Grand Teton Asks Visitors to Be “Beary” Aware of Bears & Cubs
Written by Andrew-Rossi on April 19, 2022
Grizzly bears with cubs have begun emerging from hibernation in the Greater Yellowstone Ecosystem, which means residents need to secure their food, feed, and trash.
As bears become active this spring, BearWise Jackson Hole and Grand Teton National Park remind residents and visitors to secure attractants of any kind and be bear-aware.
Living and recreating in the Greater Yellowstone Ecosystem requires awareness and actions to keep both bears and humans safe. As the grizzly bear population expands within the Greater Yellowstone Ecosystem, bears continue to disperse across their historical range and into more populated areas.
All of Teton County is now in occupied grizzly bear habitat.
Properly storing all attractants to ensure a bear does not obtain a food reward is crucial to keeping bears wild. Once a bear becomes conditioned to human foods, risks to the bear and humans increase, and management options become limited.
“Whether you have lived in Teton County for decades or are visiting the area for a day, please do your part to help protect bears,” a Grand Teton National Park press release states.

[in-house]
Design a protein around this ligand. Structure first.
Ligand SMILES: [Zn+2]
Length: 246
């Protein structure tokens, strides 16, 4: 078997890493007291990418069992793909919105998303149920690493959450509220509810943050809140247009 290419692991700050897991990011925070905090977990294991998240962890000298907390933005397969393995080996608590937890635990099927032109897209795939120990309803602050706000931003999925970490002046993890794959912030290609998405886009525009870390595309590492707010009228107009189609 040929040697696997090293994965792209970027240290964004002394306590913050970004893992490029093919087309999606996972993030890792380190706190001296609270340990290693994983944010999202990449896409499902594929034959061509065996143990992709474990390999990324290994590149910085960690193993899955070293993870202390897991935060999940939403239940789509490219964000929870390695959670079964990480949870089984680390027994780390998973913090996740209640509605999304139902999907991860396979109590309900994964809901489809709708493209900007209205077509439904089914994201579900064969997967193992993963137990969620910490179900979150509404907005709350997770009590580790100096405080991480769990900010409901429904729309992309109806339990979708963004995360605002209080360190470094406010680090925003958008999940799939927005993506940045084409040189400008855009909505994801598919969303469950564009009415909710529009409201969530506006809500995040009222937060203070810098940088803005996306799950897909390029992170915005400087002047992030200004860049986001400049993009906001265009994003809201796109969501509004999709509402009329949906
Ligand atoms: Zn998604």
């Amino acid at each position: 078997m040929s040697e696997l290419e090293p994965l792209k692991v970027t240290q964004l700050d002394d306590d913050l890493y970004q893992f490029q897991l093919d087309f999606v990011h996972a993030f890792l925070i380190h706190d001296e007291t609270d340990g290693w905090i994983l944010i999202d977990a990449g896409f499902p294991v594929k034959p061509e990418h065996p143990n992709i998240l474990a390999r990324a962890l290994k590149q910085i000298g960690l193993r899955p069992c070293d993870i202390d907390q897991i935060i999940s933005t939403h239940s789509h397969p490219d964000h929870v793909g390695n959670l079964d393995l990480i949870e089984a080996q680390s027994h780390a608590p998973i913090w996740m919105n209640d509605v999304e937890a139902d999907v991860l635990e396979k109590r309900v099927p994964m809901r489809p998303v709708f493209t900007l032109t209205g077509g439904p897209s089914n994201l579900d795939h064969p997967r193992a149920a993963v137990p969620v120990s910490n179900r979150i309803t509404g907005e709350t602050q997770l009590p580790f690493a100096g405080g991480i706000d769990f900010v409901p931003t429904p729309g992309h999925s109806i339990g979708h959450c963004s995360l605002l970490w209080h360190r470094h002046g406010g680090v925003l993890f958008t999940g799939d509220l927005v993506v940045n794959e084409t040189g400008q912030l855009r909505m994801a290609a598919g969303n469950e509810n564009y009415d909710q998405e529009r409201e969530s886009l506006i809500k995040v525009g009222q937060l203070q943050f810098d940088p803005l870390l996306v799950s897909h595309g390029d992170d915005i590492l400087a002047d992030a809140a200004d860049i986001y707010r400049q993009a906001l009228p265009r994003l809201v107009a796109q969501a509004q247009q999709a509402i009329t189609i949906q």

This information will be particularly relevant for one grizzly in particular – Grizzly 399.
Last year, Grizzly 399 made international news by successfully raising four cubs. The bear and her cubs have emerged and are foraging for food.
Unfortunately, the wanderings of Grizzly 399 have taken the bear to occupied areas, where she could feed her cubs with human attractants. While wildlife officials may use some leniency, bears found eating human attractants are either relocated or removed from the population.
Wyoming Game and Fish relocated 45 different grizzlies in 2021.
According to the department’s official report, seven bears – 14% of the total – were relocated to Teton County. Many others were captured in Teton County and relocated elsewhere in the state.
Wyoming Game and Fish ask all residents and visitors to immediately report any conflict activities in local communities to the bear management professionals. A quick report ensures the department can respond swiftly to reduce conflict potential between bears and people.